I think we can all admit that we'd like to be noticed at work more often. Sometimes it can seem like you put in tons of hours but never quite receive the recognition you feel you deserve, and depending on where you work, that can end up hurting your career in the long-run.
This is why we're here to provide you with some tips for how to get noticed at work in a positive way. It's not always easy to get noticed at work in a positive way, but achieving this is key to moving forward in a company.
At the very least, getting noticed for all the hard work you do every day and every week can help qualify you for one-time bonuses and year-end acknowledgments.
It can also help you avoid negative attention in the office, which, while it might make company leadership pay attention to you for a short while, the end results are never good.
Being professional in the workplace may seem like a no-brainer, and it is, but you'd be surprised how working with a company for an extended period of time can lead to unprofessional behavior in very small and seemingly unimportant ways.
For example, your office might have very clear rules about what websites you're allowed to visit during work hours, most likely prohibiting entertainment sites like music streaming services and video streaming sites.
Even if it's easy to follow this rule in the beginning, it's also easy to slip over time and subvert this rule during work hours.
But if you're able to follow the employee handbook to the letter, then you have a much better chance of being recognized as a diligent and well-behaved employee.
If there's a specific workplace rule that you feel needs to be changed to improve the quality of life of all employees, that's fine, but you're not going to fix the problem by ignoring that rule completely and hoping that your manager understands why you're doing this.
If you can follow the rules, then you'll automatically be better prepared for the day that you earn a promotion and need to lead a team.
No matter who you work for, in whatever industry, you will probably get the chance to be included in workplace meetings.
While some employees find meetings to be tedious and unnecessary, the primary goal of these events is to communicate important information about the company and upcoming goals and to offer an opportunity for feedback from employees with regards to that information.
That feedback portion of every meeting is your chance to speak up and contribute. But let's look at a couple of bits of advice for those times when you want to add something to the conversation.
For one, you should only speak up to add something if your point is completely relevant to the conversation at hand. Going off on a tangent could derail the meeting or even make the other employees think that you just haven't been paying attention.
The other important tip we want to share is that you should only offer your opinion if you actually have something to say, especially if you've been thinking about the topic for a while.
In other words, don't force yourself to try and think of an intelligent point to share right on the spot. It's great to actively engage with the meeting, but saying something just for the sake of saying something won't earn you the kind of attention you really want in the workplace.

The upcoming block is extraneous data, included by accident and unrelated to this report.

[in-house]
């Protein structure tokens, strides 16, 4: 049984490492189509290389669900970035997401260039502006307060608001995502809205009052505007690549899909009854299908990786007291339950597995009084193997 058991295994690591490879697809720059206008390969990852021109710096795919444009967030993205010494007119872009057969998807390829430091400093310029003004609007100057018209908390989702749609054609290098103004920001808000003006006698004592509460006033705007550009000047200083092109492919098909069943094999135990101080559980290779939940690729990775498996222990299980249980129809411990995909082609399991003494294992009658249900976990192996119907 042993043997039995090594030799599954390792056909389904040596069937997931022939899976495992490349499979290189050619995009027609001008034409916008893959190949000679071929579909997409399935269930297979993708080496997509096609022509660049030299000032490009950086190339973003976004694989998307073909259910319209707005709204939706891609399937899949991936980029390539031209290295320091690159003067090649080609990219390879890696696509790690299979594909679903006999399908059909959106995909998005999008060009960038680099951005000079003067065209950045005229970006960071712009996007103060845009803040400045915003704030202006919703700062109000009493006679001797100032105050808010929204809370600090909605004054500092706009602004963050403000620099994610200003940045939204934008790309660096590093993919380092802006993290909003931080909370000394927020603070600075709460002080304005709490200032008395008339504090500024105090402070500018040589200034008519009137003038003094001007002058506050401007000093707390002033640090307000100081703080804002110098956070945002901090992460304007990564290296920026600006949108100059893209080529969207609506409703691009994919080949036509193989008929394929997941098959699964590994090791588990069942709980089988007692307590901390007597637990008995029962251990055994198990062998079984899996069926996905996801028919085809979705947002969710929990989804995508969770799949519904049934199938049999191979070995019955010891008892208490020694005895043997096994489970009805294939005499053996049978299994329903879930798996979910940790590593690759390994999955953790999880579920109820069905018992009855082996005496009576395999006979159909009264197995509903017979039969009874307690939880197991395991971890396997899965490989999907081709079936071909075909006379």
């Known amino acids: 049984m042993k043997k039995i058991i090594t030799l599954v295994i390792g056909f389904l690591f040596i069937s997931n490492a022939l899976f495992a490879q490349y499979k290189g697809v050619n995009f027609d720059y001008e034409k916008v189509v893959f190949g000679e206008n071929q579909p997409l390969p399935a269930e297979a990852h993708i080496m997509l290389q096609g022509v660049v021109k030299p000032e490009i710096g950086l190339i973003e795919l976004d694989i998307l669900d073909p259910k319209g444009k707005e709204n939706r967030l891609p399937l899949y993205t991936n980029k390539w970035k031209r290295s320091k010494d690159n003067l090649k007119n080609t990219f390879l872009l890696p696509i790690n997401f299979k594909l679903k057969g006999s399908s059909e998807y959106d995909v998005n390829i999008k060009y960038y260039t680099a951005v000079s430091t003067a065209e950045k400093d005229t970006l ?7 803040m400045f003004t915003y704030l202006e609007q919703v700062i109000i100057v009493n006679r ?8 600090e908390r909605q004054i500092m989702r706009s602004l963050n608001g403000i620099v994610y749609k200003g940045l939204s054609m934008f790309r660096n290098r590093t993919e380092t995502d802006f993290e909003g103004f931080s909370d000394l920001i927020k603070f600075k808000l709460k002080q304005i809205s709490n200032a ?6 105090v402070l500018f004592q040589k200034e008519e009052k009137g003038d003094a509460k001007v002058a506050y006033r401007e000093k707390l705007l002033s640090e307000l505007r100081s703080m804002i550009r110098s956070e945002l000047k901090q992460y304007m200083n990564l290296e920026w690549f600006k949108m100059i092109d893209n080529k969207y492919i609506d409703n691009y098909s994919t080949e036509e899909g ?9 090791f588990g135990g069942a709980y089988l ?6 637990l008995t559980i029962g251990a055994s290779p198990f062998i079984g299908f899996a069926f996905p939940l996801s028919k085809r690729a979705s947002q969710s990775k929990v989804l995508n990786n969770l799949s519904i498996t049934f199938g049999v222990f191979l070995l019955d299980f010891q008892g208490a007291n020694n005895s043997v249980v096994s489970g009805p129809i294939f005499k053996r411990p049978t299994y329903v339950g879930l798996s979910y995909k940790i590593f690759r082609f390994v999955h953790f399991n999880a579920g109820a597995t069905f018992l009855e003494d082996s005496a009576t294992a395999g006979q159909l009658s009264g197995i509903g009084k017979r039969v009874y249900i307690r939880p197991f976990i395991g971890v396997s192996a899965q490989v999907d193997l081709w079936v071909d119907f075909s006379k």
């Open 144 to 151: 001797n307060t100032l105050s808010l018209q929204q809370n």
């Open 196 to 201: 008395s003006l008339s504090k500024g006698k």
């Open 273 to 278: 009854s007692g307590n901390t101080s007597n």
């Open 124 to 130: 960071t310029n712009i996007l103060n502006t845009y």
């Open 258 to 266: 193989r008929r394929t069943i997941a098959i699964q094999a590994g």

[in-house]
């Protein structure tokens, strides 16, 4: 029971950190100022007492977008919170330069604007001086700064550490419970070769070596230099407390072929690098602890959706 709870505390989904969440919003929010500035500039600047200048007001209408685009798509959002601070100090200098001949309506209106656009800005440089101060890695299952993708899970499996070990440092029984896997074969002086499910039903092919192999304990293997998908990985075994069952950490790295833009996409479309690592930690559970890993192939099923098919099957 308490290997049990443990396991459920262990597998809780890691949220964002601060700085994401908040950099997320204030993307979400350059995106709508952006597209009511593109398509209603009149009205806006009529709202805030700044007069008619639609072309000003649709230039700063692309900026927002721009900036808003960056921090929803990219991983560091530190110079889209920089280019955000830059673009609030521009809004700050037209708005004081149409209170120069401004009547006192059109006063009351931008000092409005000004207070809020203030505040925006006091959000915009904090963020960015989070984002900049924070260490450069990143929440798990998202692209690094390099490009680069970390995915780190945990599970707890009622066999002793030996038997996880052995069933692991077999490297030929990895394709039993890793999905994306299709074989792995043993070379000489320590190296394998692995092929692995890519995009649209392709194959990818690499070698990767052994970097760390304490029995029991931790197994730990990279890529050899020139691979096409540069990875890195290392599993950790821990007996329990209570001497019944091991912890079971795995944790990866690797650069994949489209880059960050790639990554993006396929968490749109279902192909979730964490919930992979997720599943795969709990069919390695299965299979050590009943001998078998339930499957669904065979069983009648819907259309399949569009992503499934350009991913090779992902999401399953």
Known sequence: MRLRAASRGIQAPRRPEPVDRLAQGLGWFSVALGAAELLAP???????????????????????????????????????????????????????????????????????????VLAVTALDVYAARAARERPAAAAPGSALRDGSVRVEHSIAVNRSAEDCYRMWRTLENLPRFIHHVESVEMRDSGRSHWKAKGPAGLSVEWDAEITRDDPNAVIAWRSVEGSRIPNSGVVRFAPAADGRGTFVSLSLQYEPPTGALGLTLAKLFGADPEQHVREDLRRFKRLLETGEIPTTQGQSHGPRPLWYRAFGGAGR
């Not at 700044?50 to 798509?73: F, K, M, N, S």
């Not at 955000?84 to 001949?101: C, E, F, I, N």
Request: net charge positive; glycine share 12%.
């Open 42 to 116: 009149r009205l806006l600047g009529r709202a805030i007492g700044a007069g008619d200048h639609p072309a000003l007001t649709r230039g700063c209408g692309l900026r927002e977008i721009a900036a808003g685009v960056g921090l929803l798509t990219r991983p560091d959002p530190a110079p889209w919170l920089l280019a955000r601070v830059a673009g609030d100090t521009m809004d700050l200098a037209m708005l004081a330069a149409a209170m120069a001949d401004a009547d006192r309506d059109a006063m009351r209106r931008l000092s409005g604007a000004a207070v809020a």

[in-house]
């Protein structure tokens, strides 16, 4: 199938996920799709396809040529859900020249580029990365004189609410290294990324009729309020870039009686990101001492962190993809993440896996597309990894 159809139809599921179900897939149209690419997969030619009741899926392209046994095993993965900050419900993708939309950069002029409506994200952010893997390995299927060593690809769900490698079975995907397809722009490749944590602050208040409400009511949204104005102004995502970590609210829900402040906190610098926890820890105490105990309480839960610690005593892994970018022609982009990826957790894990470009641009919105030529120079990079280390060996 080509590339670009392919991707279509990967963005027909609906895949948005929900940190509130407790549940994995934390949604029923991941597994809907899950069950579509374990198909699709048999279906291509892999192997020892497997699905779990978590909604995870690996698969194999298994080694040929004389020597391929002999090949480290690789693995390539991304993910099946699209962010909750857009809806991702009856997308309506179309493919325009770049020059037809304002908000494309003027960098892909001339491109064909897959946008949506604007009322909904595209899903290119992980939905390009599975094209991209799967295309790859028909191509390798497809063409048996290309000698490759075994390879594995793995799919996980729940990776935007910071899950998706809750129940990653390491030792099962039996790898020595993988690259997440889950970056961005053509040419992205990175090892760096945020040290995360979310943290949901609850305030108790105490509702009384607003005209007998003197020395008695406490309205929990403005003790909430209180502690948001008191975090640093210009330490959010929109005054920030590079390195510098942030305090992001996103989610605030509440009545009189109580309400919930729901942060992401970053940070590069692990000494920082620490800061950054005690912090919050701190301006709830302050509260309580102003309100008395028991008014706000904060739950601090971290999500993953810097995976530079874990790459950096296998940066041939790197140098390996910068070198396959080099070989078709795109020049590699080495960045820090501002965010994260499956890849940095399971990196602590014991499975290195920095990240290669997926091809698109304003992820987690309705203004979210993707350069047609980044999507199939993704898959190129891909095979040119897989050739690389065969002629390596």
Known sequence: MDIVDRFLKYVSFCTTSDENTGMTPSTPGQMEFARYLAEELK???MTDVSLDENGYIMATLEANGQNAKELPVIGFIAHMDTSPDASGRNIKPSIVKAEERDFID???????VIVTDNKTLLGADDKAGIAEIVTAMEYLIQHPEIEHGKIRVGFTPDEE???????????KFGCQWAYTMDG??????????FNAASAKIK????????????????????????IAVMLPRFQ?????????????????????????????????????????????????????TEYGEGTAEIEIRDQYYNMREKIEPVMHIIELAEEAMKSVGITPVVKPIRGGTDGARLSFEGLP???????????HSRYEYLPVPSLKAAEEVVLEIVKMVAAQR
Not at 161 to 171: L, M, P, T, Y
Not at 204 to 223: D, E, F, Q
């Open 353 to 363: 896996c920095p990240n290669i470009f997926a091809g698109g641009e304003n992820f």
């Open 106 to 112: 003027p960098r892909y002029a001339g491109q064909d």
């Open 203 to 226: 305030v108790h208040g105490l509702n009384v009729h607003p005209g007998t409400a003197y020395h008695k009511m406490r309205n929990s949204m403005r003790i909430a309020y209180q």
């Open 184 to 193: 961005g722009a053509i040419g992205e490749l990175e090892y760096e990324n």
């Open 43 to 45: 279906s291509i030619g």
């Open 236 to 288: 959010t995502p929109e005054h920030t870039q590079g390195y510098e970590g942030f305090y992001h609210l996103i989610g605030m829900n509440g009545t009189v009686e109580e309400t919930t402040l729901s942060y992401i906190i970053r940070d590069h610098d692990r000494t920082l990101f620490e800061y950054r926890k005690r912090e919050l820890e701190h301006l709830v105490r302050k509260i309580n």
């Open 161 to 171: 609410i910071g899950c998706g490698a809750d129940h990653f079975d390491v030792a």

Being a solution person in the workplace, not a problem person, is an excellent way to establish your investment in the company and prove that you're willing to go the extra mile in your work.
But what do we mean when we say 'problem person' and 'solution person'? Basically, a problem person is an employee who looks for problems in any situation and then fixates on those problems.
A problem person can easily get distracted and lose motivation by only paying attention to problems, immediate ones and abstract ones as well.
But on the other hand, a solution person is someone who acknowledges current problems and anticipates future problems but is ready to find solutions for all of them. Rather than getting weighed down by issues and challenges, a solution person is always ready to do whatever it takes to overcome those challenges in creative and interesting ways.
If you want to get positive attention in your workplace, you need to be a solution person, full stop. You need to look for fixes to the problems that are inevitable in any place of work.
This even applies to solo projects you're working on. If you encounter a serious problem, don't just let your manager know, but let them know while also offering potential solutions.
So here's the thing: it's actually possible to take all of these suggestions to heart and still find that you're not getting the positive professional attention that you desire and deserve.
That's partially because company leadership can't always closely examine the work of every single employee. There just isn't enough time to do this.
But it's also because they're not mind readers. Your manager isn't going to simply assume that you're a real go-getter who wants to move up in the company.
You need to be very clear when it comes to your career ambitions and what you want to do within the company you're with right now.
During performance reviews, let your manager know that you're hoping to join management someday, or that you otherwise are looking to move to a different department that better matches your current skillset.
If your company offers a management training program, ask to participate.
Letting company leadership know that you have solid goals for yourself and for your career, then all of the other tips we've mentioned will only become more effective.